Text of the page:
Audi A4 35TDI: Road Test Review
- Apr 26, 2017
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The wow factor of the current generation Mercedes-Benz C-Class has been on point since day one. Endowed with the S-Class’ visual grace and stateliness on the inside and underpinned by a lightweight and ultra-efficient platform, the C-Class has shrugged off the last four years without a care. Although the gearboxes were updated recently, the engines on offer have been carried over from the outgoing generation. Now, as the C-Class readies itself for the second half of its life Mercedes has made several changes to it, some underwhelming and some delightful. Let’s see what’s what and why you might want to wait until October for the C to arrive in India.
Looks the same!
We told you there are some underwhelming aspects, and this is the main one! Unless you happen to be the most ardent C-Class aficionado you are unlikely to spot the changes to the S-Class-derived design. Hint, it’s the bumpers. There are plenty of options in terms of 16”, 17” or 18” rims and tyres to choose from. But one clear way to mark your C as a 2019 model is to pick one of the new metallic colours: Mojave Silver and Emerald Green. Matte Grey is another new shade; however, it is reserved for the coupes and cabriolets.
There is one design change that we loved, and that is the new layout for the Intelligent LED headlamps. These full-LED headlamps’ 19 LEDs are grouped into two prominent sections that give it a sinister look. The more high tech MULTIBEAM LED headlamps, offered for the first time on the C-Class, don’t look as cool. However, these allow for “bending” lights and also keep you from blinding oncoming traffic by blocking just the right number of the 84 LEDs. The optional UltraRange lamps can brighten the road upto 650 metres ahead.
For the record, the standard headlamps are halogens with LED DRLs but India could just get LEDs as standard like in some other markets. In which case they will perfectly complement the new tail lamps which look more artistic and stylish because of a more crystalline design for the elements inside.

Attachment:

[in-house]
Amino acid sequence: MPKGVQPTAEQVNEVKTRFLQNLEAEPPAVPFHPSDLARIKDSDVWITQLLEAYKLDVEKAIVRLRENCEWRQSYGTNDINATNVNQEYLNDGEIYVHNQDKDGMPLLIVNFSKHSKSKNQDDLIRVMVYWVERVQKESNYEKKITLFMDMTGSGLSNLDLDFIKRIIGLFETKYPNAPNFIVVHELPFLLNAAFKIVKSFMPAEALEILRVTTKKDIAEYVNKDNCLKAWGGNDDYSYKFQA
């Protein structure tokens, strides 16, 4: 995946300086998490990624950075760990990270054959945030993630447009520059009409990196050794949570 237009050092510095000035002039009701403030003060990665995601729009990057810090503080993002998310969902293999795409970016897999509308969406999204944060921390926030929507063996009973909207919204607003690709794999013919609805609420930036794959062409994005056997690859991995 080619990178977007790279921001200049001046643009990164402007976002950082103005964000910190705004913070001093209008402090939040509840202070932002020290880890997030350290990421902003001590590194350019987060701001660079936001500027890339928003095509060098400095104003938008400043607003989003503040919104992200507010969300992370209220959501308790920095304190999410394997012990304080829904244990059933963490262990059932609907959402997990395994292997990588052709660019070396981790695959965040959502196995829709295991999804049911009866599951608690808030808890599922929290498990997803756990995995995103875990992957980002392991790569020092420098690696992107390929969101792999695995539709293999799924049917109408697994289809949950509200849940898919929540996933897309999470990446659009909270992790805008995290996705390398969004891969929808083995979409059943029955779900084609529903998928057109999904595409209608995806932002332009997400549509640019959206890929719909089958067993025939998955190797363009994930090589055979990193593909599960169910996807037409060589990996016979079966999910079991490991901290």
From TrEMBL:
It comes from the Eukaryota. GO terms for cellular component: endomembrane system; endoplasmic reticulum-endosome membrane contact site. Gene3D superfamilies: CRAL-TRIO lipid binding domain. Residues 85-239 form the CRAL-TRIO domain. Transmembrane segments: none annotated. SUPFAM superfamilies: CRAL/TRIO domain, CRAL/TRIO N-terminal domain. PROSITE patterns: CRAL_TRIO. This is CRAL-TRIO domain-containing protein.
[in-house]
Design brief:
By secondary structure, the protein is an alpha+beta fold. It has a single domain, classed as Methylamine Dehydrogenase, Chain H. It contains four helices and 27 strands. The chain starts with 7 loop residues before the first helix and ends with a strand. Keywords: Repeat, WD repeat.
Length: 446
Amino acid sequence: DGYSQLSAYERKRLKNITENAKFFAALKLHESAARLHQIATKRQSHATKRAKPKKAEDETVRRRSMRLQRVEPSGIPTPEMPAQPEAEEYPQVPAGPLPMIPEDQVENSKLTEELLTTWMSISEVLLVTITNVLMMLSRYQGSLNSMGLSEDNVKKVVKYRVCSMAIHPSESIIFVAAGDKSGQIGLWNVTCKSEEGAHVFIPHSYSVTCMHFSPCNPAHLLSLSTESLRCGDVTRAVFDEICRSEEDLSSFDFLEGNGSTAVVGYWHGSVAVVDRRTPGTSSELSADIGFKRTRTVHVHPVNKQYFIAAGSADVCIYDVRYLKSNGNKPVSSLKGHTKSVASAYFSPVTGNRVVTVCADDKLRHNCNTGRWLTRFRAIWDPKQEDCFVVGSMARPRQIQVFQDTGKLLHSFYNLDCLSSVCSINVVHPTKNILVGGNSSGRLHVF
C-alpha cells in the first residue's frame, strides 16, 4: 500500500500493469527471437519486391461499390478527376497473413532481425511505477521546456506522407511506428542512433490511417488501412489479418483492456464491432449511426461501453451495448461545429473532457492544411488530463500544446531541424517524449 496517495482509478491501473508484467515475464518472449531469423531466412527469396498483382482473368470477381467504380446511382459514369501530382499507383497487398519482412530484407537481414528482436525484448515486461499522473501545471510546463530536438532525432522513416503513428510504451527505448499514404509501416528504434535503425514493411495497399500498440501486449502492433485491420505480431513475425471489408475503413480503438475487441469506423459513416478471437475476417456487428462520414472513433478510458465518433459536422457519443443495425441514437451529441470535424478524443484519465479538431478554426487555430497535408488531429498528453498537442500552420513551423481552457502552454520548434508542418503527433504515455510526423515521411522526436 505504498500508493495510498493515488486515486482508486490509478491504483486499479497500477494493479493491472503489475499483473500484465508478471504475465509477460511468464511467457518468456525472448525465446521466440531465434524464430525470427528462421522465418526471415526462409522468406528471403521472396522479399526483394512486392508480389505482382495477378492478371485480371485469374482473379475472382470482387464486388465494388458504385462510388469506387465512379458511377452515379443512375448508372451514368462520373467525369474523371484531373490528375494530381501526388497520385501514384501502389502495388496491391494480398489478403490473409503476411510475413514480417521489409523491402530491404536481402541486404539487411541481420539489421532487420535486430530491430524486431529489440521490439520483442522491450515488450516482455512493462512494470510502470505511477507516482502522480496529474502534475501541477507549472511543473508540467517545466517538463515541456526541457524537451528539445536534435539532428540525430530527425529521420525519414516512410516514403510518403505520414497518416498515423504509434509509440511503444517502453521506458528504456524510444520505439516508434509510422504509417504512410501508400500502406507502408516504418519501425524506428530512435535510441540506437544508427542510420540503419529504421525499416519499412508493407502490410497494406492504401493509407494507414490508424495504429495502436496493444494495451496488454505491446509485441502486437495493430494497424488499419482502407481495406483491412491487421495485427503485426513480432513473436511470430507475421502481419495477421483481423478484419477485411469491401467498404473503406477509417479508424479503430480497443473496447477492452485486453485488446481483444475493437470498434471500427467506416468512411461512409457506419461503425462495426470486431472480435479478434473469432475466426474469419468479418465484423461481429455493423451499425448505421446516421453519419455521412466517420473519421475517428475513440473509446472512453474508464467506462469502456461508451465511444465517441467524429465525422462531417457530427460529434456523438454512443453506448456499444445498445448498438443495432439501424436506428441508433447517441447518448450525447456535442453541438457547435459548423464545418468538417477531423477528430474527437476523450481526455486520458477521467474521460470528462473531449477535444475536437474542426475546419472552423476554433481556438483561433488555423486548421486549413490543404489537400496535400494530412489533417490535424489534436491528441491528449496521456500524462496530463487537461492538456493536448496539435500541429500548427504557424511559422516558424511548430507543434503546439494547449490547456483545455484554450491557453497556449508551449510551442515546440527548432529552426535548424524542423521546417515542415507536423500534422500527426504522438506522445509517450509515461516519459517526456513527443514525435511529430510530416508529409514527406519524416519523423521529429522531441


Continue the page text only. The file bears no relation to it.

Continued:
A 1.5 litre engine? Seriously!
That’s true! There’s an all-new turbo-petrol engine powering the C 200 now, replacing the old 2-litre engine. This 1.5-litre four-cylinder turbo powerhouse is good for 184PS, same as before. However, the peak torque figure at 280Nm is a bit lower compared to the previous 300Nm. The torque band is also higher up in the rev range. But with tech like variable valve lift and special twin-scroll turbo, responsiveness is expected to be strong.
Not convinced? Well, there is also mild-hybrid tech, or EQ Boost in Mercedes-speak. The starter-generator combination can give the crank a 14PS and 160Nm kick when the turbo isn’t fully up to speed. So, we wouldn’t start complaining just yet.
After driving it?
Not then, for sure. After driving on unrestricted sections of the Autobahn and through many small villages, we came away with two big realisations. First, it doesn’t feel like a “mere” 1.5 litre engine. On the German highways, the C 200 clambered past the 200kmph mark without a fuss, pulling strongly till 5500rpm with power tapering just slightly as it heads to the 6200rpm limiter. It is also happy to hold 120kmph with the engine turning over at a calm 1800rpm. The engine is ready to leap ahead when commanded; however, the pace of the 9-speed gearbox got in the way.
Second, it doesn’t feel turboed or a hybrid. In a good way. That means, it doesn’t let you feel turbo lag and that the way the starter-generator steps in to provide the boost is absolutely seamless. It’s only when you look at the special display that you realise that the electric torque is being pumped in. Rolling around on narrow village roads, the EQ Boost jumped in under 2000rpm to make the going fluid. But it can provide the punch kick when you accelerate hard, upto about 3500rpm. While coasting, the system also tops off the battery by recuperating energy.
Along with its peppy performance and good low-speed usability the C 200 also has an easygoing air that makes it feel like a great companion for your daily city commutes. Mercedes also claims that it is around 10 per cent more fuel efficient. We can’t wait to drive this further on Indian roads.
There is! We will now get a second petrol engine option too, the C 300 petrol! This is from the same engine family as the C 200 but boasts two litres of displacement and does without hybrid tech. This engine promises a lot of punch and could easily be the choice for those wanting a quick petrol C-Class without having to jump all the way to the AMG C 43. With 258PS of punch and a claimed 0-100 time of 5.9 seconds, it is promising and is by no means a paper tiger.
It is properly quick. Mercedes claims that the 370Nm is on tap from 1800 to 4000rpm and it felt that way too as the C 300 overtook vehicles up ahead. With revs comes more power and the scenery seemed to blur a bit faster between 3000 - 4000rpm. It felt perfectly capable, except for two things.
One, for a petrol we would have expected it to be quieter. The engine is audible at startup and as you get going you do know that it isn’t a smooth six-cylinder. On the go, the volume and note persist; however, in Sport+ mode the engine note morphs it into a sporty snort. So, you could enjoy it.